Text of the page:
The Earl of Beaumont

Mama always said I was named after the fourth Earl of Aberdeen, an English mucky muck she learned about in school, but Daddy told me the truth: I was named for some honky tonk friend of hers. Mama’s pal had been a waitress, so I suspect it was fated in the stars that I ended up slinging eggs and pancakes in a diner along the interstate.

Still, I liked the idea of being named for an Earl. Maybe it meant I was destined for bigger things than Beaumont and the Lucky Strike diner. I could be one of those ladies of leisure, the kind who got her nails and hair done all the time. The kind who led an exciting life.

I smoothed the collar of my uniform down and straightened the short pink skirt before heading over to my new table. Handsome guy in a tweed jacket, no tie. His fingers glided along the roughed up vinyl covering the menu.

“Welcome to the Lucky Strike. What can I get for you?”

I pretended I wasn’t checking out his profile – a nice straight nose and some fine lips that would have been more at home on a woman’s face. A bristle of brown scruff on his cheeks and chin took the formal look out of him. He glanced at me, mouth turning up to reveal a dimple at the corner. Eyes the color of a topaz ring Daddy bought me for Christmas once.

“Good morning,” he said, squinting at my nametag. “Aberdeen. Pretty name. Any recommendations?”

“Can’t say that I recommend the red eye gravy — cookie doesn’t have the hang of that yet, but you can’t go wrong with buttermilk hotcakes. Specialty of the house, and I eat them every day for breakfast myself.”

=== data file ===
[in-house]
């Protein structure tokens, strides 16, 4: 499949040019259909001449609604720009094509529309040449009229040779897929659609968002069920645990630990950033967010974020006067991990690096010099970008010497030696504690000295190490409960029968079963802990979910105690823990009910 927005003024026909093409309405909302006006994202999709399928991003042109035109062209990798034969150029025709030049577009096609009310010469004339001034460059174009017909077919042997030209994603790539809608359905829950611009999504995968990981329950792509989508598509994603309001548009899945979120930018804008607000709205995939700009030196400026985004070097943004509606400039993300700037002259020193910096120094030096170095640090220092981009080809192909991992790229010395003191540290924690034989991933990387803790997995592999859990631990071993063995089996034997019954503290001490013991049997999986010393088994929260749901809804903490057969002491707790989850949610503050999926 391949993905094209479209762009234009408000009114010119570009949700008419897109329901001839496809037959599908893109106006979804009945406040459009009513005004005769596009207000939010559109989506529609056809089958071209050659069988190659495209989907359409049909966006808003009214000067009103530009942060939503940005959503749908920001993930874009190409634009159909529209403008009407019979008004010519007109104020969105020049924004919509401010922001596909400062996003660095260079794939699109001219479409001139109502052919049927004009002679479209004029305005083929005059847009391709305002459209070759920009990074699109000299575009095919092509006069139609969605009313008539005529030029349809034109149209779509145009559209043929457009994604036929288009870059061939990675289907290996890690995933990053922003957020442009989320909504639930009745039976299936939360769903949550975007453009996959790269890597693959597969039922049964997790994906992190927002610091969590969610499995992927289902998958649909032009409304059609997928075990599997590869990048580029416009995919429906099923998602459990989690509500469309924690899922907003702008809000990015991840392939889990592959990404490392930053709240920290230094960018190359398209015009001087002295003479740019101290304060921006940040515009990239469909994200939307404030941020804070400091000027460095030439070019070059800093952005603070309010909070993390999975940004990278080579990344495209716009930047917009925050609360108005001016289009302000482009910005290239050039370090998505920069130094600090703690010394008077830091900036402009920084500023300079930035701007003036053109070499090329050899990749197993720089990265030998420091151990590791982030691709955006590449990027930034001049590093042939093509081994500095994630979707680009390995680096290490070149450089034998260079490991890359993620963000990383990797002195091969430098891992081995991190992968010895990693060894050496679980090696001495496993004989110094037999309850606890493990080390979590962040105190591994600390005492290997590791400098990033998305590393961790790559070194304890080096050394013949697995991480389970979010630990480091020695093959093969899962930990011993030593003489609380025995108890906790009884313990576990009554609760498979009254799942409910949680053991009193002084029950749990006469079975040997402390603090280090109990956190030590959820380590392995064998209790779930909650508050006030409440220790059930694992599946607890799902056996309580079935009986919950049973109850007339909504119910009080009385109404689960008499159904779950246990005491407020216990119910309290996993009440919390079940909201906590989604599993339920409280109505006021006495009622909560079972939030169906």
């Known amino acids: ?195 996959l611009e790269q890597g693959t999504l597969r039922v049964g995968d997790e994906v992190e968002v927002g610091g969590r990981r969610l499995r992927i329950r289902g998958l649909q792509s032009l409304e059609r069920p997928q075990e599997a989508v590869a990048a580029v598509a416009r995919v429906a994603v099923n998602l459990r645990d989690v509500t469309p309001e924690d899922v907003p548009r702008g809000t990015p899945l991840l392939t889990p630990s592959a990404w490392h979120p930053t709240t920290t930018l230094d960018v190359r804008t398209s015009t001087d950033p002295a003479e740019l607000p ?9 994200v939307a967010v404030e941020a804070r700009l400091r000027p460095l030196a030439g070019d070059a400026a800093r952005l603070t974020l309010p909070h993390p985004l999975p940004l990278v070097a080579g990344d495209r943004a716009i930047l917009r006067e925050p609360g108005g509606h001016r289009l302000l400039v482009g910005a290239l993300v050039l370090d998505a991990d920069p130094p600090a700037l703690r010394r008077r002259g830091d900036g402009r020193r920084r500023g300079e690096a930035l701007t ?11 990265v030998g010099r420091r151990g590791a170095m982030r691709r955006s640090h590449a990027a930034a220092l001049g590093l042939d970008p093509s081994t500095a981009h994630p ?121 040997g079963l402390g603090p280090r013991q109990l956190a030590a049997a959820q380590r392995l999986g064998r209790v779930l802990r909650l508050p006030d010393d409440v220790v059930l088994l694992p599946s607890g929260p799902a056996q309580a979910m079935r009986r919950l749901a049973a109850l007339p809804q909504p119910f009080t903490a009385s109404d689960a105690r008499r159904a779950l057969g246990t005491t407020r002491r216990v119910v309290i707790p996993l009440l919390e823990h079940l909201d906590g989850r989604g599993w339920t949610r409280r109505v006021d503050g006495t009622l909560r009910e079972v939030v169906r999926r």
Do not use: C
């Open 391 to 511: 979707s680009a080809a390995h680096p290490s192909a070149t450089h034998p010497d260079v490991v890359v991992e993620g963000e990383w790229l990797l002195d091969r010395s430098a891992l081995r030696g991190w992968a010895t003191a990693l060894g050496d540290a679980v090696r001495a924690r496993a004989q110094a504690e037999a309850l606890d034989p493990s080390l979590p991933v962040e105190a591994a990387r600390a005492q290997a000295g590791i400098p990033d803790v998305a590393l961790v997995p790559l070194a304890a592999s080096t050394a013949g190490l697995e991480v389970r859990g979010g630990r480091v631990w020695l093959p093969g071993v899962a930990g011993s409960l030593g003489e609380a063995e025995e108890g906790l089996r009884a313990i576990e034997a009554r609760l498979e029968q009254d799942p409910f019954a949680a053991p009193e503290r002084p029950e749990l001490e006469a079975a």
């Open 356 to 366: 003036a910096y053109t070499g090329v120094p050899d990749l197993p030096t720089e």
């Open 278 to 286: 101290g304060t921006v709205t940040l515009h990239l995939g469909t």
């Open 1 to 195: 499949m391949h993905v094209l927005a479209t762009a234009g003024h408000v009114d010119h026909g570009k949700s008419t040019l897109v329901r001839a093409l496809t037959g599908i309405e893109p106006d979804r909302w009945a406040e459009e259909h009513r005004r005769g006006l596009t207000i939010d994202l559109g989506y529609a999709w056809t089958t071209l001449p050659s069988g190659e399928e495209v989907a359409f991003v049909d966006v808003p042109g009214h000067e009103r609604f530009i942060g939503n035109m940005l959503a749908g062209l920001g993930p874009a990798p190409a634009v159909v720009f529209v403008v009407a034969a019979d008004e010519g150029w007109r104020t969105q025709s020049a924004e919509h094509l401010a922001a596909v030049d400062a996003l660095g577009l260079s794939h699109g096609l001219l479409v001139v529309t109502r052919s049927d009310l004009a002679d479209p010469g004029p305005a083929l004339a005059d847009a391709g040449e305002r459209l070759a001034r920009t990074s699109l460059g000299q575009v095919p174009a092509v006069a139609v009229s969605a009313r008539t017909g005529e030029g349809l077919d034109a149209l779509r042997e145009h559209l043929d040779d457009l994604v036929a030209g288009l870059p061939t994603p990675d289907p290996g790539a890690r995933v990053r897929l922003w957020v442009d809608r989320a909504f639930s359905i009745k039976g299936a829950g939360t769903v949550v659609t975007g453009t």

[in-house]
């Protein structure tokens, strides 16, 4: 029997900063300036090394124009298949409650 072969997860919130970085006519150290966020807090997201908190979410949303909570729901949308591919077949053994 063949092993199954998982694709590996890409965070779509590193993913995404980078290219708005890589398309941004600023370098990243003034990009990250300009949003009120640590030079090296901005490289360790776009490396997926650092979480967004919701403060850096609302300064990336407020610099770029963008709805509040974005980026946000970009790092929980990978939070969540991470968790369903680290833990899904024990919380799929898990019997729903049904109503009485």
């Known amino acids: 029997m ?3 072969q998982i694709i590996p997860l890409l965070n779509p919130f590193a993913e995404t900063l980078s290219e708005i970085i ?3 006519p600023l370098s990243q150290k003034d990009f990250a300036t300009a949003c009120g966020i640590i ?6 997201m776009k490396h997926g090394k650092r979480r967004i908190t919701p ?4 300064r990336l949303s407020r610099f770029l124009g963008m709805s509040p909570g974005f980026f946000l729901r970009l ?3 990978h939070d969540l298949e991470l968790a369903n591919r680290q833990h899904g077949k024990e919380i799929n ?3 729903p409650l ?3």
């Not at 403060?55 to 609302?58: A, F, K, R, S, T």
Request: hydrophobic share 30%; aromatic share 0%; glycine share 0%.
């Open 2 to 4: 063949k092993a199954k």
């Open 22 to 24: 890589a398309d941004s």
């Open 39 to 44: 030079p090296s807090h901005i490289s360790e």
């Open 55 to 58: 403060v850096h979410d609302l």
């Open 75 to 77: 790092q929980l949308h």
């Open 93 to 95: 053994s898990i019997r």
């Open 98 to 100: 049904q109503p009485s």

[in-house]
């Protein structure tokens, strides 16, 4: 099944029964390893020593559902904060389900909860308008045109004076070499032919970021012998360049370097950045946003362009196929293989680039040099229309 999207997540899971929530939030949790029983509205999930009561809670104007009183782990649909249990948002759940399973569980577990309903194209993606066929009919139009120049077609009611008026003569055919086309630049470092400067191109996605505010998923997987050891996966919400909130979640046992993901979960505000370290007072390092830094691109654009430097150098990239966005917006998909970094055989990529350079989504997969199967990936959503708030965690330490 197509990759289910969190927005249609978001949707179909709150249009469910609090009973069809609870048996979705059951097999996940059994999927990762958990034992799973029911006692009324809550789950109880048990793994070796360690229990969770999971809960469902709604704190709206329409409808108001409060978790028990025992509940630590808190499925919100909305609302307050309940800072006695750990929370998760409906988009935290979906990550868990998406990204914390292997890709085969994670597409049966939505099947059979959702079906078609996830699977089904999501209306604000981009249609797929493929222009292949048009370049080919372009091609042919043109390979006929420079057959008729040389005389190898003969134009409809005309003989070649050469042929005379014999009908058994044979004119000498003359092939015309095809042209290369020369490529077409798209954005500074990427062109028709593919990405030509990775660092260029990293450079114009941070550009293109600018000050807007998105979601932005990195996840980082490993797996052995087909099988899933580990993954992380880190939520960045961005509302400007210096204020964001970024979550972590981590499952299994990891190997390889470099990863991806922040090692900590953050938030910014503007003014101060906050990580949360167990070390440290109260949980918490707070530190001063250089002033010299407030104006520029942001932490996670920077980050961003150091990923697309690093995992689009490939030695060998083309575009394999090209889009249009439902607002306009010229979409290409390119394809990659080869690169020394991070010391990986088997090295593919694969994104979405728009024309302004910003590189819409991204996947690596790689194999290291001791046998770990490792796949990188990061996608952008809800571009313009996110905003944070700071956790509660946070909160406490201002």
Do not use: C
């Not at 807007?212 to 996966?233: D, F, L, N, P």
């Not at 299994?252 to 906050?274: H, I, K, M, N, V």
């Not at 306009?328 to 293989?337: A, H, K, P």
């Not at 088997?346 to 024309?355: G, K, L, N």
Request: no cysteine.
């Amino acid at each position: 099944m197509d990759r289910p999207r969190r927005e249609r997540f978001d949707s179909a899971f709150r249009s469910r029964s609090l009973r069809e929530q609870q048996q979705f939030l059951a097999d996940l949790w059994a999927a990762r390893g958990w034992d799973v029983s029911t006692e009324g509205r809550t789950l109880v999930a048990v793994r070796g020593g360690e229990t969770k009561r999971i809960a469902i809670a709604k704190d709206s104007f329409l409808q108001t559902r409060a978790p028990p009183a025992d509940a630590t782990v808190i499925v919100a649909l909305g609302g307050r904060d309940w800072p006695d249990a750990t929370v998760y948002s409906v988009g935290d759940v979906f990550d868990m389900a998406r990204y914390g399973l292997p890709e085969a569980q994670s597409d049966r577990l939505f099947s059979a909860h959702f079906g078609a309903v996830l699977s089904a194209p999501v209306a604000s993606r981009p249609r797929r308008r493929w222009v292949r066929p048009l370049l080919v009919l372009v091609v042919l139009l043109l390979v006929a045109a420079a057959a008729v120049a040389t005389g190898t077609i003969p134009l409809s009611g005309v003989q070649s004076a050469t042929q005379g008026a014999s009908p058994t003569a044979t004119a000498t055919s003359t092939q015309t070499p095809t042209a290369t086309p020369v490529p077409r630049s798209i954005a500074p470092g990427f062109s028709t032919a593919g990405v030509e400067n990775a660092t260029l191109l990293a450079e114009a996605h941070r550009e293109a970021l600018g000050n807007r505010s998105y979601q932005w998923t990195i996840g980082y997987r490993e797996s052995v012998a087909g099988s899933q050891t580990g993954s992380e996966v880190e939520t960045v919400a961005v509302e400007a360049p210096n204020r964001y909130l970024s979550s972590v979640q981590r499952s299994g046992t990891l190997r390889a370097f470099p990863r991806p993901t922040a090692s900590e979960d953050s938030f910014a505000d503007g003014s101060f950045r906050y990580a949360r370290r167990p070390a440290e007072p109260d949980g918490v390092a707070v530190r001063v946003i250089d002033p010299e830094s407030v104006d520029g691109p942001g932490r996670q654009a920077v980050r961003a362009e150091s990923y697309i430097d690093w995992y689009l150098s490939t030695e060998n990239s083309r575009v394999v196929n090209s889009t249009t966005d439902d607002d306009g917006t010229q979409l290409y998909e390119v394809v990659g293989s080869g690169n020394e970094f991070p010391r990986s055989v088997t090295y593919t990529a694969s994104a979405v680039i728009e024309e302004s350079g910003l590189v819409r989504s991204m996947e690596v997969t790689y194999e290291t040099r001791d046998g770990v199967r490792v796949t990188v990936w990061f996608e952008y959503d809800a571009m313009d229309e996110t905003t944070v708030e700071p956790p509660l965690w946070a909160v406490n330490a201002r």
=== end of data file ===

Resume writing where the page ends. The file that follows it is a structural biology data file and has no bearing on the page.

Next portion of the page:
“Well, if that’s the case, I’ll take the hotcakes. And a coffee…black.”

I hustled off, still thinking of that smile of his. Nice dental work – bet he had good insurance. When I got back to his table with the coffee pot, he was still grinning. I flipped the coffee up and poured.

“So, Aberdeen,” he said, “what’s fun to do around here?”

“Oh, well, there’s the bingo hall, and I think a new movie just came to the Cineplex. You just passing through, or you here to stay in Beaumont?”

“Just passing. But I can hang out for a bit. Girl like you – maybe you might go out with me sometime.”

“Could be…you play your cards right, that is.” I pressed my lips together, keeping my own smile hiding behind my teeth. Mama’s voice floated in my head: Don’t show a man you’re interested, honey – gives ‘em dumb ideas.

“Well, Aberdeen from Beaumont, I’m Tony. Tony Ianelli.”

“Tony Ianelli, it’s a pleasure to meet you.” And it was. Most interesting thing to happen to me in a while. This one had promise. “I’ll be out with your hotcakes in a few.”

I refilled the coffee at my other tables, chit-chatting with the customers, but I kept my eye on Mr. Tony Ianelli. His long-fingered hands wrapped around the coffee cup, top lip creeping over the rim when he drank or sucking on his lower one when he didn’t. But I could feel his eyes following as I worked the room, clucking over the latest gossip.

A salesman, I figured. The jacket looked expensive, and his dark hair was carefully styled. Maybe a successful one, whatever he sold. I’d have bought cow manure from him if that was his thing. I scanned the parking lot, trying to guess which car was his. Everything looked familiar but one: a cherry red sports car. Yes, he must have been doing well for himself.